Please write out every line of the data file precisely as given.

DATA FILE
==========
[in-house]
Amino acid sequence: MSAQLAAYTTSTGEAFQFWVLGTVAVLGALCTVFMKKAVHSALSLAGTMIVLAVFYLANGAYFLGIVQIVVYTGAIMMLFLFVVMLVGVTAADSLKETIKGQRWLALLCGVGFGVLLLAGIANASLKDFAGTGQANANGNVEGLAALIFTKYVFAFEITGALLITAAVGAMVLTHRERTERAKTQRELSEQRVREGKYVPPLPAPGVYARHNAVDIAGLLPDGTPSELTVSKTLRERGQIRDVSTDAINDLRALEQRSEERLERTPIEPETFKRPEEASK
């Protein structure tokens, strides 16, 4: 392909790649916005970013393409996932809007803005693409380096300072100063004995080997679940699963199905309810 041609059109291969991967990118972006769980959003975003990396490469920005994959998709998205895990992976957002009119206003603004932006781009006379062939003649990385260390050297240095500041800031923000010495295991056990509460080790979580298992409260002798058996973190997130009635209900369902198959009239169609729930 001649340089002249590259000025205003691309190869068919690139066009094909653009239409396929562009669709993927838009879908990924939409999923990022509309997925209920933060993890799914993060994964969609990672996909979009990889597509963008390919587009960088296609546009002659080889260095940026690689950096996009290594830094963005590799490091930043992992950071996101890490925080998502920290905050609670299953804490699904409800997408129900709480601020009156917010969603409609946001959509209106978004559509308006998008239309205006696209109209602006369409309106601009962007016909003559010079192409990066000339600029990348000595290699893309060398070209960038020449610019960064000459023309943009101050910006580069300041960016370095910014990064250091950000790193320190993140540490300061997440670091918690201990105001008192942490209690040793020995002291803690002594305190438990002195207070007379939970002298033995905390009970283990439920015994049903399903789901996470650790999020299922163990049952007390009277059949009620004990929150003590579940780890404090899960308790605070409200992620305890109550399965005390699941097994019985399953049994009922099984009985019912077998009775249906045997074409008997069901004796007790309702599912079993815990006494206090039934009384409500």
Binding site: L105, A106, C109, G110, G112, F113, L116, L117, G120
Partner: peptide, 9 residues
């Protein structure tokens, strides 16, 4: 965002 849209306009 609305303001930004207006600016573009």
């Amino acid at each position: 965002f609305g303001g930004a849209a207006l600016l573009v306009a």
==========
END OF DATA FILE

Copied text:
[in-house]
Amino acid sequence: MSAQLAAYTTSTGEAFQFWVLGTVAVLGALCTVFMKKAVHSALSLAGTMIVLAVFYLANGAYFLGIVQIVVYTGAIMMLFLFVVMLVGVTAADSLKETIKGQRWLALLCGVGFGVLLLAGIANASLKDFAGTGQANANGNVEGLAALIFTKYVFAFEITGALLITAAVGAMVLTHRERTERAKTQRELSEQRVREGKYVPPLPAPGVYARHNAVDIAGLLPDGTPSELTVSKTLRERGQIRDVSTDAINDLRALEQRSEERLERTPIEPETFKRPEEASK
């Protein structure tokens, strides 16, 4: 392909790649916005970013393409996932809007803005693409380096300072100063004995080997679940699963199905309810 041609059109291969991967990118972006769980959003975003990396490469920005994959998709998205895990992976957002009119206003603004932006781009006379062939003649990385260390050297240095500041800031923000010495295991056990509460080790979580298992409260002798058996973190997130009635209900369902198959009239169609729930 001649340089002249590259000025205003691309190869068919690139066009094909653009239409396929562009669709993927838009879908990924939409999923990022509309997925209920933060993890799914993060994964969609990672996909979009990889597509963008390919587009960088296609546009002659080889260095940026690689950096996009290594830094963005590799490091930043992992950071996101890490925080998502920290905050609670299953804490699904409800997408129900709480601020009156917010969603409609946001959509209106978004559509308006998008239309205006696209109209602006369409309106601009962007016909003559010079192409990066000339600029990348000595290699893309060398070209960038020449610019960064000459023309943009101050910006580069300041960016370095910014990064250091950000790193320190993140540490300061997440670091918690201990105001008192942490209690040793020995002291803690002594305190438990002195207070007379939970002298033995905390009970283990439920015994049903399903789901996470650790999020299922163990049952007390009277059949009620004990929150003590579940780890404090899960308790605070409200992620305890109550399965005390699941097994019985399953049994009922099984009985019912077998009775249906045997074409008997069901004796007790309702599912079993815990006494206090039934009384409500």
Binding site: L105, A106, C109, G110, G112, F113, L116, L117, G120
Partner: peptide, 9 residues
């Protein structure tokens, strides 16, 4: 965002 849209306009 609305303001930004207006600016573009």
């Amino acid at each position: 965002f609305g303001g930004a849209a207006l600016l573009v306009a």